Wednesday, May 11, 2005

Laws of Nature

While not all may recall Newton's Laws of Motion, many no doubt remember the maxim for every action there is an equal and opposite reaction. However, the corollary to that maxim was something that I had forgotten (I think it's called repressed memory) until camping last week. The corollary? The CJs are camping; therefore it is raining. Yes, a truly waterlogged week was had by all and while Mr. CJ and I tried not to let the weather dampen (ouch) our spirits, our canine companions actually seemed to revel in the rain (at least for the first 3 or 4 days after which they started spending increasing amounts of time on their beds under the picnic table 'shelter').

As Mr. CJ does the wildland firefighting thing, it necessitates that any camping or vacationing we do has to take place outside of the May to October time-frame during which he has to remain on call. The advantages to camping early in the season are having an entire Forest Service campground, in the Hells Canyon Recreation Area, to yourselves. In addition, although the campgrounds are open they are not maintained (no water available) this time of year, so there are no 'site fees'. A third bonus was that the USFS had just built a new outhouse facility in this campground ... priceless. The disadvantage is that, well, it rained a lot and even when not actually raining the weather for the most part was like this:

Still and all it was good to get away and we were, for the most-part, well-prepared (we ended up one tarp shy when after five nights of rain it apparently exceeded the repellent capability of the seams of our rainfly - but we had a large garbage bag that we [or rather Mr. CJ bless his soul] placed into service at about 2 am that morning to stop the 'water torture' that awakened us). Having to put up and take down our tent in the rain made me ever so thankful for shock-corded aluminum tent poles (although we don't have the latest version where you basically toss your tent on the ground and voila) and I was surprised that they hadn't made the list of the top 100 inventions of the last century.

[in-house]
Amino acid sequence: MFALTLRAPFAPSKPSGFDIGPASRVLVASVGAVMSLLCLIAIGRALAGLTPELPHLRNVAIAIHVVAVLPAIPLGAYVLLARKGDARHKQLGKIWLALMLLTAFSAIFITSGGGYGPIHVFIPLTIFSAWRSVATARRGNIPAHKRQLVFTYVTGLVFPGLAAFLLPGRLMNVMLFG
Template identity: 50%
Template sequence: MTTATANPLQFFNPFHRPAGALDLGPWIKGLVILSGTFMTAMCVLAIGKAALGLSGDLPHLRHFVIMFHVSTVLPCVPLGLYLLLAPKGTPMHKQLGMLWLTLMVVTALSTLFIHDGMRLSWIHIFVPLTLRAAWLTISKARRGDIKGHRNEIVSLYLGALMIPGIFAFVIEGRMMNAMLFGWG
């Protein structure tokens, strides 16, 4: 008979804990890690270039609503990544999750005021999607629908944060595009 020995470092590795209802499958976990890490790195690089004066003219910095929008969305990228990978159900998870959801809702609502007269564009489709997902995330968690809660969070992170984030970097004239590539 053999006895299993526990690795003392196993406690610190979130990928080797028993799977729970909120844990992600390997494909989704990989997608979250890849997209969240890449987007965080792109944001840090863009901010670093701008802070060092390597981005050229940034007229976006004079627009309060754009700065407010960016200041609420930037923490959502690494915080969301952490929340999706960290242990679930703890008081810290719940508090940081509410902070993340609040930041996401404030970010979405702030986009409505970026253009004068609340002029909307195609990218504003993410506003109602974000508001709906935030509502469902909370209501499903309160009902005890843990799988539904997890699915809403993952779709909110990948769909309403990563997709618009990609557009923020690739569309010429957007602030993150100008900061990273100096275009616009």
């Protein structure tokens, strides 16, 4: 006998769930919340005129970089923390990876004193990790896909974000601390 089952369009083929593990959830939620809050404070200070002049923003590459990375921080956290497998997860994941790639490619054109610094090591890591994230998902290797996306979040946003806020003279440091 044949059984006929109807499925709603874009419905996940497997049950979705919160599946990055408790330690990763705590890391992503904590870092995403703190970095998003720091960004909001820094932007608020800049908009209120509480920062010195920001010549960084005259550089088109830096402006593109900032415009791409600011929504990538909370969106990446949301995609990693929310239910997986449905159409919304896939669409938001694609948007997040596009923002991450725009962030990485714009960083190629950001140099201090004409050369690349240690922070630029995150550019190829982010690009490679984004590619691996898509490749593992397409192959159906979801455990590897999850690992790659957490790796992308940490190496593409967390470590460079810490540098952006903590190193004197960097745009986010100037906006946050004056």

As we hiked, looked and just listened, it occured to me the difference between those who wish to protect the environment and those who could care less or view it as merely a resource to be exploited. The latter believe there is nothing 'bigger' or more important than themselves while the rest of us look at the power/energy,

the towering majesty

and the extraordinary beauty

that surrounds us and are humbled, dwarfed in our relative significance, stifled in our awe. We not only savor the experience but wish to protect it so that our children's children can know the exhilaration of swirling their feet in a clear, cold mountain stream, the solitude in the white noise of the water, wind, flora and fauna that allows for reflection, renewal or merely retreat, the wonder of discovery -whether a rare find, common deer sharing your campground (or rather you sharing theirs) or the story of generations played out on a forest's floor.

Yeah, it rained - so what. No rare finds for us this trip and while we had several visitors in camp the only time I had the opportunity to take a picture (as 'hell dog' was asleep and not available to keep them at bay) was when Mr. CJ and I were sitting in the cold and damp alongside our campfire and a 'couple' wandered in to say hello. Unfortunately, I had a flask in one hand (artificial liquid warmth), a book in the other (Richard Dawkin's The Blind Watchmaker) - and my camera was in the truck.

As far as fauna, though there were many of these guys, I refused, on principle, to take their picture. The principle? That at first glance, these posers have me thinking that I've caught glimpse of one of these - it's unfair for them to take advantage of my age-affected eyesight and poor identification skills. At least I always figure it out before I waste film - oh wait, it's a digital camera. Anyway, although I didn't have an appropriate lens on, I did catch this guy outside the Hells Canyon Interpretive Center:

All in all, it was quite the religious experience:

Tell me you don't see the Virgin Mary in that tree trunk. If you don't believe me, believe your own lyin' eyes. Go to 45 degrees, 6 minutes, 47.7 seconds north; 116 degrees, 58 minutes and 36.9 seconds west and check it out for yourselves. It'll be somewhere within 43 feet of that location (according to Mr. CJ's GPS.) Well, that's it for this installment of how I spent my Summer Spring vacation.


Blogger jon said...

After we paid for our kids summer camp joke we found it tough to recover! I totally agree with you!

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